Friedman interviewed a number of people in making his documentary. These include a (probably rightly) indignant Italian prosecutor, a colorless Italian journalist, a former Spanish prime minister, a former EU president, and even Putin himself. Not a whole lot of light comes out of all of this. Strikingly, Berlusconi emerges as if anything the most likable character among the whole motley crew of people interviewed, at that is saying something. Despite his more-or-less hostile narration, the interviewer Friedman is shown constantly being friendly and making ingratiating smiles with Berlusconi, only to dump him at the end of the film, saying “and I never saw him again” with a credit role showcasing Berlusconi and his associates’ various convictions.

On Berlusconi the talented and opportunist politician, I can add the following which was not mentioned in the documentary. He knew how to make the difficult deals to form Italy’s notoriously-unstable coalition governments, starting in 1994, with a short-lived alliance with the regionalist Lega Nord and post-fascist National Alliance (who hated each other, essentially over the Southern Question). He knew how to compaign for what the people wanted. His famous 2001 “Contract with the Italians” promised less and simpler taxes, infrastructure, more jobs, more pensions, more police, and less politicians. Of course, he rarely delivered. In 2006, constitutional reforms proposed by Berlusconi would have strengthened the prime minister and devolved more powers to Italy’s regions, but this was rejected by referendum.

The Italian journalist in the documentary points out that Berlusconi never did the “reforms” necessary to save the economy, as he did not want to upset his electorate or his coalition partners. In short, for all the kvetching, Berlusconi was too much of a democrat to get much done.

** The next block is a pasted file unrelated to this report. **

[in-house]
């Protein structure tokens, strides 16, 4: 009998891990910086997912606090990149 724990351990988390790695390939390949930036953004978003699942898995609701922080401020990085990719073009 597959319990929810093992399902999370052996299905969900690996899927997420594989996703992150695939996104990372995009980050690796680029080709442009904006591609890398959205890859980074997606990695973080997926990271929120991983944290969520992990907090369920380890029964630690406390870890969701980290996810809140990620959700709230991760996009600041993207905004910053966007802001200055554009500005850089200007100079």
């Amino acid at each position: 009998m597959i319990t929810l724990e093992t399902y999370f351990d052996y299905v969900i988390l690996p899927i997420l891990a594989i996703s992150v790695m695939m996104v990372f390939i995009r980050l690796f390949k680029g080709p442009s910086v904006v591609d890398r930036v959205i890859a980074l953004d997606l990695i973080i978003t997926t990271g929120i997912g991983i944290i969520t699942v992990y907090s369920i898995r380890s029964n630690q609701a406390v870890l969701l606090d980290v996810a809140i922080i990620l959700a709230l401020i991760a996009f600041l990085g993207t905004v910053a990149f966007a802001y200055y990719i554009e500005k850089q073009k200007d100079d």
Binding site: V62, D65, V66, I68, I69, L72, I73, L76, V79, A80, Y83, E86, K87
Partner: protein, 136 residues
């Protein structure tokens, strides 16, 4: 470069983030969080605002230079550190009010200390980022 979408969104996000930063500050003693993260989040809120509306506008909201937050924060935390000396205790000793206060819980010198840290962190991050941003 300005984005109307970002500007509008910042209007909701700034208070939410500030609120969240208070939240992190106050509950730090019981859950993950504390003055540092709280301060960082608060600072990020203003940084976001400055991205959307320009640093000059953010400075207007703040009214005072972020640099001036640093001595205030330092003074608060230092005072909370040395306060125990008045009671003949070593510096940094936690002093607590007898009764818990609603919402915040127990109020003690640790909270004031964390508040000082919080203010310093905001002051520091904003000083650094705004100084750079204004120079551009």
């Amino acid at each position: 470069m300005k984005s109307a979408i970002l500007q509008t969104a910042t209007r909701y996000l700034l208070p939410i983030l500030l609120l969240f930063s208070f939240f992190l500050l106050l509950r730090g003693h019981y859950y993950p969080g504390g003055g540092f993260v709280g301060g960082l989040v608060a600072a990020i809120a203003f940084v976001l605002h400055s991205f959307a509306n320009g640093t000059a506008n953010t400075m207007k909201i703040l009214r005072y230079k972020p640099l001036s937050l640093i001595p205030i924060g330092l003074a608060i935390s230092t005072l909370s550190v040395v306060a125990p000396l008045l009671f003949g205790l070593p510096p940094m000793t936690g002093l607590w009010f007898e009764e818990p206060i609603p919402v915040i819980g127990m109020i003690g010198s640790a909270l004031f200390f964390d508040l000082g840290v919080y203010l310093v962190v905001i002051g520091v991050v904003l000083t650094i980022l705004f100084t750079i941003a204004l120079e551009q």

Berlusconi was however decidedly anti-leftist. He wanted to reform the constitution because it had been co-drafted by the “Soviets” (as a matter of fact, communist and Marxist parties made up about 40% of the 1946 Constituent Assembly and to this day Italy’s official emblem looks communist). When facing Romano Prodi’s left-wing coalition “the Union” in the mid-2000s, Berlusconi nicknamed it “the Soviet Union.” Unlike in France or Germany, Italy had no taboo on the center-right, including Berlusconi, making alliances with nationalist and sometimes even neofascist parties. He was born in 1936 in what was then the Kingdom of Italy, well into the second decade of Fascist government.

At a holocaust remembrance ceremony in 2013, Berlusconi argued that Mussolini’s Fascist government did many good things, all the while lamenting the alliance with the Third Reich and participation in the holocaust (specifically, the deportation of Jews, although in fact the survival rate for Italian Jews was among the highest in Europe and these deportations only began after Germany had created their own puppet government in northern Italy, nominally led by Mussolini). As a matter of fact, many figures as diverse as Ezra Pound, Charles de Gaulle, and Richard Coudenhove-Kalergi admired Italian Fascism’s political stability and ability to promote communitarian values stressing individual self-sacrifice for the common good. All this may not be understood today however.